During the Christmas season, in Castelmonte a 'large' nativity scene is set up in the crypt which is renewed every year thanks to the imagination and art, combined with the faith and the Franciscan spirit, of the Capuchin Fathers and their friends.
"... And Mary gave birth to her firstborn son, wrapped him in swaddling clothes and laid him in a manger, because there was no room for them in the inn" (Lk 2:7). It is this so evocative chronicle of the evangelist Luke that is at the origin of the Christian tradition of the crib. In fact, the word 'crib' derives etymologically from the Latin verb praesepire (to fence in with a hedge) which by extension has taken on today's meaning of manger or crib, the place where baby Jesus is placed. The historical origin of the crib has its roots in many traditions and has followed various stages and evolutions, but certainly an important moment of this development concerns St. Francis of Assisi. Francis organized the 'first' nativity scene in Greccio, near Rieti, in 1223, to bring the 'Emmanuel - God with us' back into everyone's simple and ordinary daily life. In this way he grasped better than anyone the deep meaning of this scene of faith that everyone can see up close and recreate at home.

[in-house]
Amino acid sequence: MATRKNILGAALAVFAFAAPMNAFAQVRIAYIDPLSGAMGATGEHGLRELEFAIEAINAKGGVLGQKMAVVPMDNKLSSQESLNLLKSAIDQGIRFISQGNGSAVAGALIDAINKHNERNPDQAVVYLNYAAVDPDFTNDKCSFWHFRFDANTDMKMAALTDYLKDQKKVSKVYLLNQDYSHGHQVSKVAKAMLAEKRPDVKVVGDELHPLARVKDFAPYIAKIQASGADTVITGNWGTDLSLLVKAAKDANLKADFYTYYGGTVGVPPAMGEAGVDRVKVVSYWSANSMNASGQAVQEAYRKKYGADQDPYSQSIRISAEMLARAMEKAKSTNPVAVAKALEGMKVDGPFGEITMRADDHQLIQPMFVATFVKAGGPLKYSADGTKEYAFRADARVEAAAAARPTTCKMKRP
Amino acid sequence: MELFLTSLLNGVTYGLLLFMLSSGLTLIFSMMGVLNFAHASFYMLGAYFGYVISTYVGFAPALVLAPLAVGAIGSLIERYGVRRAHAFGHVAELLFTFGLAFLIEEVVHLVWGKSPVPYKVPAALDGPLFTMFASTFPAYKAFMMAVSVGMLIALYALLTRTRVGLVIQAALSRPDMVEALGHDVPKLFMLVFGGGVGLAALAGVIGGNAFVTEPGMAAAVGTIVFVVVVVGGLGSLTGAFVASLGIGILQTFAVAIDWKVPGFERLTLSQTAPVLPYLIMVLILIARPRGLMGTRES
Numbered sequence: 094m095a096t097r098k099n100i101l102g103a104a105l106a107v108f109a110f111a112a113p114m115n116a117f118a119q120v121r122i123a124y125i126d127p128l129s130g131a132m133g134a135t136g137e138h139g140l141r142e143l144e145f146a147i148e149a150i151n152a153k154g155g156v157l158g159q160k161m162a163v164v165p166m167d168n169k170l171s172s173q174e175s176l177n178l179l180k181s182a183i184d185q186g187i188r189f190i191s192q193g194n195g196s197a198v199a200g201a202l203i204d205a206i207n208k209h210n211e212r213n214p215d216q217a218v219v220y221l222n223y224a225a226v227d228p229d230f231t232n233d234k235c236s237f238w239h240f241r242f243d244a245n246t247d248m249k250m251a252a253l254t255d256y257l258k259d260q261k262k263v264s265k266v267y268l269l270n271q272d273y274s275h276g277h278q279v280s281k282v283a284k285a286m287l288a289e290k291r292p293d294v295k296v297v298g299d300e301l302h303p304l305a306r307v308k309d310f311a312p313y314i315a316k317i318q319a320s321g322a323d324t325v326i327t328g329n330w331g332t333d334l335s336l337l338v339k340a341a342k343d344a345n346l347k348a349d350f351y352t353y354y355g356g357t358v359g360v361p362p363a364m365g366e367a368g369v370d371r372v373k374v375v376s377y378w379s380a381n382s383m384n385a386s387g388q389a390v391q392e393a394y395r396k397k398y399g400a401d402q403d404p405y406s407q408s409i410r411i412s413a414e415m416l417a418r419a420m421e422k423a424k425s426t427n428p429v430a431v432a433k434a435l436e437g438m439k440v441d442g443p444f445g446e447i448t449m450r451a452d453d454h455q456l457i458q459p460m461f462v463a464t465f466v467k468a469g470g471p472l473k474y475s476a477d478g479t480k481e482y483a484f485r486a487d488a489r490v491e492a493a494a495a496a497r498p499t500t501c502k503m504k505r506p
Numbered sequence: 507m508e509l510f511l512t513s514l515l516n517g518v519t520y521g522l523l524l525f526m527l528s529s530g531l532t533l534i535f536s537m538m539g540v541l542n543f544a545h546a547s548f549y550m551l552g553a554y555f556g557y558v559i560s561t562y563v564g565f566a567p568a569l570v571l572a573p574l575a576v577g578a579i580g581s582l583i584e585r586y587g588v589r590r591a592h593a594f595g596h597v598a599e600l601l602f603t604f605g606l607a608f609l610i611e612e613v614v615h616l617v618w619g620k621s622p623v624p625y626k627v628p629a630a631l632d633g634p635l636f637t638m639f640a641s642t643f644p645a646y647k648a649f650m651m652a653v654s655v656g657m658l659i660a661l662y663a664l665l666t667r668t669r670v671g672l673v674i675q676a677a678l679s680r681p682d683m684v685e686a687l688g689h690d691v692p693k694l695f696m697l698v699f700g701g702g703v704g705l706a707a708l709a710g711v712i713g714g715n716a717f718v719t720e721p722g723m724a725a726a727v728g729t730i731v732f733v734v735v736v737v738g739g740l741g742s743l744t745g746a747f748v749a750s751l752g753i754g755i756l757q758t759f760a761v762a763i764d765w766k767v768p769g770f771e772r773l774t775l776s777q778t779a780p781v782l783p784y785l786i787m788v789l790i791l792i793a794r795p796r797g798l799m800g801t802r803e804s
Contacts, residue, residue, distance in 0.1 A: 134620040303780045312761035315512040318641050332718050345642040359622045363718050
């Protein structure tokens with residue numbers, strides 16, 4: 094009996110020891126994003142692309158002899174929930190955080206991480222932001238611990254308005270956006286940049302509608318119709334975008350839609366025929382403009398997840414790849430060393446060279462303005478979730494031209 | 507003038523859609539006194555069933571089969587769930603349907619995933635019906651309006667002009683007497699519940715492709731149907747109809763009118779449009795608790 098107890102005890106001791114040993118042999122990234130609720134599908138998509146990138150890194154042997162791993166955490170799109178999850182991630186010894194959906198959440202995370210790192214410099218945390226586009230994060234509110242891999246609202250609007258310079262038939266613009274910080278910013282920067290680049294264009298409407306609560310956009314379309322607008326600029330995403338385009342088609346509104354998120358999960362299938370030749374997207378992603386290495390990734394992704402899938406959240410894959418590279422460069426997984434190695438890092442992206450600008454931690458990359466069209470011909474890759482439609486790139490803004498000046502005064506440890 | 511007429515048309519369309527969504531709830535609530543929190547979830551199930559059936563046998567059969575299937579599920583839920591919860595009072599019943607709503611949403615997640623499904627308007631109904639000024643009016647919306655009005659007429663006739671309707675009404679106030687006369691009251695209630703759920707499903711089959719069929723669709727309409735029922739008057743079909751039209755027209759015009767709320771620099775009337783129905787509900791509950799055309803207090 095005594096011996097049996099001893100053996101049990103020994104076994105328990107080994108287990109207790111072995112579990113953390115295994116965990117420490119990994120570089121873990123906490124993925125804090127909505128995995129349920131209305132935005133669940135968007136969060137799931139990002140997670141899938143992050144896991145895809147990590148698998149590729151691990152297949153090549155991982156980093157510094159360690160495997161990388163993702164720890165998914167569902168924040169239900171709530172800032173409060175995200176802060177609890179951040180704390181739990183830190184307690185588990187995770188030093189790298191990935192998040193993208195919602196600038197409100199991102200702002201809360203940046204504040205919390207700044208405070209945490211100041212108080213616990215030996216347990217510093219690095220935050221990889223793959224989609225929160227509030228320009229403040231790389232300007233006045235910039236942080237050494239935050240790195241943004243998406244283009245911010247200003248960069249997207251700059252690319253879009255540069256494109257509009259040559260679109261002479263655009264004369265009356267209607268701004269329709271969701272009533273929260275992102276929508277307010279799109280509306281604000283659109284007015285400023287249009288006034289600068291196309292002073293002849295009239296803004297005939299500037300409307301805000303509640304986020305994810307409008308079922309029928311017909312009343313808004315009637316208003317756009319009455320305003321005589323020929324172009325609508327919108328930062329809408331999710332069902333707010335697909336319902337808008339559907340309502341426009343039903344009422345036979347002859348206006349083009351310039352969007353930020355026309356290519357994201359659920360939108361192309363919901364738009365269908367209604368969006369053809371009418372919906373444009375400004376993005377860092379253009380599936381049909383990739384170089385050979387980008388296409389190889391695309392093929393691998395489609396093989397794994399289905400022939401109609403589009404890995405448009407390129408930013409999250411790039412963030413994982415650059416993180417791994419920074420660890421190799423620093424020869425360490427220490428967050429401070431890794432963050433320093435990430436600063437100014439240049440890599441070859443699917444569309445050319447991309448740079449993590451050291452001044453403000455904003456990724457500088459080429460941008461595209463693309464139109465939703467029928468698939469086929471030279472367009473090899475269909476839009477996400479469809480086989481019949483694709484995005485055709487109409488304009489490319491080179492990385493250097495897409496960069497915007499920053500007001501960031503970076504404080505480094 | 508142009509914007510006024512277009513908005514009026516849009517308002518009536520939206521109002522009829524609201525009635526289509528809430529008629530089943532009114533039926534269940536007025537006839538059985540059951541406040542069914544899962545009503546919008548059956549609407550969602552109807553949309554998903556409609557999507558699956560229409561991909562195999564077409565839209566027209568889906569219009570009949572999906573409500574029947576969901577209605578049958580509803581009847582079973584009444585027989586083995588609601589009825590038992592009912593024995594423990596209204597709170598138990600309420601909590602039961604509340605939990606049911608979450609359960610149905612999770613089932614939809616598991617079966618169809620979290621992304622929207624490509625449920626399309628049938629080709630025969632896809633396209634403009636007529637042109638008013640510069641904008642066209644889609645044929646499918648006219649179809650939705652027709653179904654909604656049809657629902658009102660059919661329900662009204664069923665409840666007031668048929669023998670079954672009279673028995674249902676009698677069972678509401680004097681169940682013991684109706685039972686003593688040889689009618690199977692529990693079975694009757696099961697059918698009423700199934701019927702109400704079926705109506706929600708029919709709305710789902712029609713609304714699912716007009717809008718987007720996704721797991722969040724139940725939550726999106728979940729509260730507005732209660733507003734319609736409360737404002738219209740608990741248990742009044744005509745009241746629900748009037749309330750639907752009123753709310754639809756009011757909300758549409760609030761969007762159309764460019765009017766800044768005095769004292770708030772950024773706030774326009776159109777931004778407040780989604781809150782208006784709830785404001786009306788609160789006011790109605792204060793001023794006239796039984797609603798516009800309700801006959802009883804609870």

Today the crib of Castelmonte is a destination for groups or individual pilgrims, but above all for children accompanied by families, who wish to see up close a God who made himself small and still speaks today in the little ones.